Beast from the East to bite back as arctic blast to see temperatures plungeÂ
Temperatures are set to plummet in coming days as an arctic blast arrives in the UK.Â
The cold snap, which will follow the relatively mild highs of 14C seen in Portsmouth this week, has been dubbed the 'Beast from the East' in reports.Â
The name is a reference to the arctic chill that brought widespread snow and freezing temperatures to much of the country.Â
With snow falling in Portsmouth in February and again in March.Â
Now the Met Office are warning that temperatures are going to get much colder in the coming days.Â
On its website, the forecaster wrote: '˜For much of next week it looks mostly cloudy with the best of the brighter spells in the west. Showers may affect eastern and some central areas, and these could turn wintry over hills.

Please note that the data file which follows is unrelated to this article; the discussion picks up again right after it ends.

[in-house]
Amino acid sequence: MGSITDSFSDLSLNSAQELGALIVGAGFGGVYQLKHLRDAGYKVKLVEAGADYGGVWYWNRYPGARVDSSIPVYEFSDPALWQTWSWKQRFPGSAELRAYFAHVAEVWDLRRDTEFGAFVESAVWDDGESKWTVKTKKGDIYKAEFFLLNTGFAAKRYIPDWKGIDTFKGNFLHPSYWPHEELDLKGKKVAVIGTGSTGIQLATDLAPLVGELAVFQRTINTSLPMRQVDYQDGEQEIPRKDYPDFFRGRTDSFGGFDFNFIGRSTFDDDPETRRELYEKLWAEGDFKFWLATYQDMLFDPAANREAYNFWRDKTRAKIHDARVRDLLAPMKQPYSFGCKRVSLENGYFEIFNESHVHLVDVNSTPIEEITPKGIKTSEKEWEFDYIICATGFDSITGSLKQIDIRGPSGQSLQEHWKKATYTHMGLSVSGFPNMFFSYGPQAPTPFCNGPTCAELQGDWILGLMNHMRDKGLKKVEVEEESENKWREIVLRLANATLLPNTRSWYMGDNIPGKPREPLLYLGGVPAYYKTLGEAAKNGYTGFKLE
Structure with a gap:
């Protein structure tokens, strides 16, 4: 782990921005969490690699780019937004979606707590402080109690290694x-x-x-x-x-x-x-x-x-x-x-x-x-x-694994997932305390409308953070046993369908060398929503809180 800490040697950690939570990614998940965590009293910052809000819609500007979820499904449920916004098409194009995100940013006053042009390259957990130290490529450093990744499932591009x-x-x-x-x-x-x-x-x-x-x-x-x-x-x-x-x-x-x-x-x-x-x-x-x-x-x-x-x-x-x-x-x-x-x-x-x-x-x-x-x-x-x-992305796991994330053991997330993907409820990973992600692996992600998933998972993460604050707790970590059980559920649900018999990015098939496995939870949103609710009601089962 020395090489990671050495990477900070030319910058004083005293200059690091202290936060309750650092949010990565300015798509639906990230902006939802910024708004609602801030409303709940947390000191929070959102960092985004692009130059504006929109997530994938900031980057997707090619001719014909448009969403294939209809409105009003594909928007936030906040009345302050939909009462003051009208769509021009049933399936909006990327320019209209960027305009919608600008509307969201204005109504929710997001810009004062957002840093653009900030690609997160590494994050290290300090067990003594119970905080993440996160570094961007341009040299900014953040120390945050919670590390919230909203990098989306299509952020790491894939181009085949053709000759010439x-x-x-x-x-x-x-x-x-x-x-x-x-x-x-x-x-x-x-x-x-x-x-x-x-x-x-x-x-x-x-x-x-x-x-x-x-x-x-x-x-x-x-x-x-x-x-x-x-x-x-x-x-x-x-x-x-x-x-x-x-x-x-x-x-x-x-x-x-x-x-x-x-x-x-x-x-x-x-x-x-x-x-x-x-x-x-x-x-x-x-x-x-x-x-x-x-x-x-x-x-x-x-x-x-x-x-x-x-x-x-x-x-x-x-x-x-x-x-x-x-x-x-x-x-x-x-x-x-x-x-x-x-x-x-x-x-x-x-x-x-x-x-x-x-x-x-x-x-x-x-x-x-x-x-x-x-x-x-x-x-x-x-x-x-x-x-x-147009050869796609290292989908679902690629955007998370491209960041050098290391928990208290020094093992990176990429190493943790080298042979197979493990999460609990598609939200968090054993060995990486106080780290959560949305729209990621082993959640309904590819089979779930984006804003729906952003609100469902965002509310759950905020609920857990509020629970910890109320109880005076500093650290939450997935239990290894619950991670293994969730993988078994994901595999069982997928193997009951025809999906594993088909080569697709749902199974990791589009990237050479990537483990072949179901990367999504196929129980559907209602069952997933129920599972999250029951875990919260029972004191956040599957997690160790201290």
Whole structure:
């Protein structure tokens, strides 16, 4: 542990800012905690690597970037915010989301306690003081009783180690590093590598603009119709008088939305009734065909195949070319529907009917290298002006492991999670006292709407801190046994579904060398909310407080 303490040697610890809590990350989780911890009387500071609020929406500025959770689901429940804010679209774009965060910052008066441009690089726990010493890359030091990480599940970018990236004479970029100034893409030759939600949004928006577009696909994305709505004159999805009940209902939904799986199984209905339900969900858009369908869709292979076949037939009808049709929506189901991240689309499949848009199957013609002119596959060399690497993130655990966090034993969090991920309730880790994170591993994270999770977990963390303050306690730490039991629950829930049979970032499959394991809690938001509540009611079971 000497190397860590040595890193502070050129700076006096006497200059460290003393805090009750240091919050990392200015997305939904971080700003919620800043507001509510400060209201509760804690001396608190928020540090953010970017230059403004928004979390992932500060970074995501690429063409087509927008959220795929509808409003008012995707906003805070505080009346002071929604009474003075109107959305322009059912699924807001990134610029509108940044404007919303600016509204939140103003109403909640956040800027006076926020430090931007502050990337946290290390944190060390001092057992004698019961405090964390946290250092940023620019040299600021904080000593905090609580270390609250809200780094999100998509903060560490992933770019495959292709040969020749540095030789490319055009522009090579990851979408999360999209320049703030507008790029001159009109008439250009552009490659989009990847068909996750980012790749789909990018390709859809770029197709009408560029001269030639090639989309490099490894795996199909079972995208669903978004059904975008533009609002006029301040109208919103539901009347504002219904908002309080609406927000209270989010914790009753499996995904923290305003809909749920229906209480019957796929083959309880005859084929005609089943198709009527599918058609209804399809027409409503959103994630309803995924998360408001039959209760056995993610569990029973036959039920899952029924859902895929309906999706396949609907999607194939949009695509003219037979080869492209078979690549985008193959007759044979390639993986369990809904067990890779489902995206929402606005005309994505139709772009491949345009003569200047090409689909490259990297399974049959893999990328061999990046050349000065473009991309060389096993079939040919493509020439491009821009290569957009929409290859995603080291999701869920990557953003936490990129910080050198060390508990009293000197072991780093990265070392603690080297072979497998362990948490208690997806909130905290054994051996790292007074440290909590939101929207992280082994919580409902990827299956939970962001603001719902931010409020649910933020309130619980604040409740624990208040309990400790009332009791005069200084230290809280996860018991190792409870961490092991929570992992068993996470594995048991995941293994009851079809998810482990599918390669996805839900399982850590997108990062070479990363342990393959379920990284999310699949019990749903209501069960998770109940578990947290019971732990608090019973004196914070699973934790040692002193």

'˜It will be cold, especially in the south, with this accentuated by the brisk wind. Night frosts are likely and could become widespread at times.
'˜Although many places should stay dry, some showers or even longer spells of rain could affect some southern and central areas, perhaps with hill snow.
'˜Similar conditions will probably continue into the following weekend and the last week of November although it could become more unsettled from the west or south.
'˜There's also a small chance that wintry showers may develop more widely across northern and eastern areas for a time.'Â
Looking ahead into December, the Met Office are forecasting: '˜This period is likely to begin with a continuation of the mainly dry conditions, with variable cloud and some sunshine, once morning fog patches clear.
'˜However, there will be an increasing chance of some more unsettled interludes developing, with showers or longer spells of rain spreading to many areas at times.
'˜Temperatures are likely to be below average overall, with a greater incidence of frosts than usual and any milder interludes likely to be short lived.
'˜With more generally colder temperatures, there will be an increased chance of snow during spells of unsettled weather, especially for the north.'